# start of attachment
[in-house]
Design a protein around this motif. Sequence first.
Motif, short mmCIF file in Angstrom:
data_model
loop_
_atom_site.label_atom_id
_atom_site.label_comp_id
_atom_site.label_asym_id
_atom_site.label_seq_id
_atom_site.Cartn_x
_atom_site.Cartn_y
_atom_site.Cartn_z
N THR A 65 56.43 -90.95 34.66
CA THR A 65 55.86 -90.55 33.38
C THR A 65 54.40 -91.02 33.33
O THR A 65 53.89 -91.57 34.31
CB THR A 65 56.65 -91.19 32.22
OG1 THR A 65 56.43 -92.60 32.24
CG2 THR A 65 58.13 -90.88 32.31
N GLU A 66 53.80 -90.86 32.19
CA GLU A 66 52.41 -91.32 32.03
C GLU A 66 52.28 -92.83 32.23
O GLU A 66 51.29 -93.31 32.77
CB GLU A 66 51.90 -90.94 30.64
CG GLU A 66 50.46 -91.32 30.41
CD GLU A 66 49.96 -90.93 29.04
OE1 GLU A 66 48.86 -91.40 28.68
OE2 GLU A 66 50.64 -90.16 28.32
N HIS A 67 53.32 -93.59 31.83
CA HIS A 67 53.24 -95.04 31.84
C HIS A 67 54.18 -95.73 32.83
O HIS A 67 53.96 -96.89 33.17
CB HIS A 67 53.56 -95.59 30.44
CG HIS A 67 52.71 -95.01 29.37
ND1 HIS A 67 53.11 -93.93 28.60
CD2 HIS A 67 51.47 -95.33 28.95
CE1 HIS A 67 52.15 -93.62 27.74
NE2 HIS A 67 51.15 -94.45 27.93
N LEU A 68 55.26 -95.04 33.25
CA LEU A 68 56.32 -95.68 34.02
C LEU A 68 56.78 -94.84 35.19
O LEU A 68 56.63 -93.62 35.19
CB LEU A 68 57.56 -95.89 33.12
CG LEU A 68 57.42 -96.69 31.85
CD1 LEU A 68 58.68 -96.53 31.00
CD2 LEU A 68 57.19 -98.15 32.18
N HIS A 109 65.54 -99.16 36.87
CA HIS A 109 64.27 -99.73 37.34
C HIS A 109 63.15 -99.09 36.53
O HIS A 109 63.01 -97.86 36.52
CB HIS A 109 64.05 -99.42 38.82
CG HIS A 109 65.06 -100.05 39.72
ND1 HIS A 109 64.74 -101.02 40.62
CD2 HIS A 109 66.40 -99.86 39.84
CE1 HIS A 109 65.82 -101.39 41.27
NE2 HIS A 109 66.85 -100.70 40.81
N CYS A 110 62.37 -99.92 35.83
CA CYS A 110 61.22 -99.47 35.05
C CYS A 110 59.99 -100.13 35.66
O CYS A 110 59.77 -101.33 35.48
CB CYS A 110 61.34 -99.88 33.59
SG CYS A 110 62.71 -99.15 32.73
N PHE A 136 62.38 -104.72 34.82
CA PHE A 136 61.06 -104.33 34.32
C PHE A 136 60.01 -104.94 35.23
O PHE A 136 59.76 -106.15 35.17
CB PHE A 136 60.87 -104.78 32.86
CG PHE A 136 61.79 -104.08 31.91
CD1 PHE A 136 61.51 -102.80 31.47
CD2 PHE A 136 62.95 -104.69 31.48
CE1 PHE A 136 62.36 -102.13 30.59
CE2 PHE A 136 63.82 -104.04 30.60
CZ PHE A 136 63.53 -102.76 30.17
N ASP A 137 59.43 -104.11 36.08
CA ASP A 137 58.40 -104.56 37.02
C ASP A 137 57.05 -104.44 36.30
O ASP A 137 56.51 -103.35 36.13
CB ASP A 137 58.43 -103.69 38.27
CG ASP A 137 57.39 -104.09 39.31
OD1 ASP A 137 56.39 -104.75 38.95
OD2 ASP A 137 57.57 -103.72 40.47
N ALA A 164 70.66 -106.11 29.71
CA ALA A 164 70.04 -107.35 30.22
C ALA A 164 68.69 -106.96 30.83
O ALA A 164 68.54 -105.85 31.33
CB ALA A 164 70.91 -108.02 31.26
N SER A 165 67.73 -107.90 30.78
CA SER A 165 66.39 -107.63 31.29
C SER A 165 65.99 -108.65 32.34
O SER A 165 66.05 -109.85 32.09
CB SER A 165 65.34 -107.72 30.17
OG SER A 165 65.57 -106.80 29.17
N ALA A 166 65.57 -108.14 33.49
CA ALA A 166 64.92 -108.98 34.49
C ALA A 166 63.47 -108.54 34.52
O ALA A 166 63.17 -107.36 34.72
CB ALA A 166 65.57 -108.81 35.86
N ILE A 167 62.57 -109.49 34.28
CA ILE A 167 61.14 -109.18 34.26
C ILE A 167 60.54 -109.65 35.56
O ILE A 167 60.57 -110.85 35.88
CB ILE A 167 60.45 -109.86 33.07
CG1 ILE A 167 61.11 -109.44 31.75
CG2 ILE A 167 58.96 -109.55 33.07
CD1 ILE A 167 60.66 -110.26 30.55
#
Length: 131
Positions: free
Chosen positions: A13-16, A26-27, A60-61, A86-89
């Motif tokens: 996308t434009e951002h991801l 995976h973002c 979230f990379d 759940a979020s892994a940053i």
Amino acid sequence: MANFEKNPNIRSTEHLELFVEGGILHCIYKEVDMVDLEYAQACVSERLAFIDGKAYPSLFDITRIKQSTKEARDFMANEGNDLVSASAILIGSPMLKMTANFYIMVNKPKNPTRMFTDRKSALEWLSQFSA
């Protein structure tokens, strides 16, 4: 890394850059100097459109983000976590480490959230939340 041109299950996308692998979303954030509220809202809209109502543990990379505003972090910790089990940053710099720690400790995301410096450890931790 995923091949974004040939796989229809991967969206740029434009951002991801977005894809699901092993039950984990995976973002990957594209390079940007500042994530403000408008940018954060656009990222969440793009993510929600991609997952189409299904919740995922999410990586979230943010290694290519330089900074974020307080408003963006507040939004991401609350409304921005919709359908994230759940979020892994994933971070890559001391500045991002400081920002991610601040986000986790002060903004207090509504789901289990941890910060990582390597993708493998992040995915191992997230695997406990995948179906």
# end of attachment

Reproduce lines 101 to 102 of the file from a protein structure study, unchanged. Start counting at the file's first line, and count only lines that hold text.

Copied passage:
O ILE A 167 60.57 -110.85 35.88
CB ILE A 167 60.45 -109.86 33.07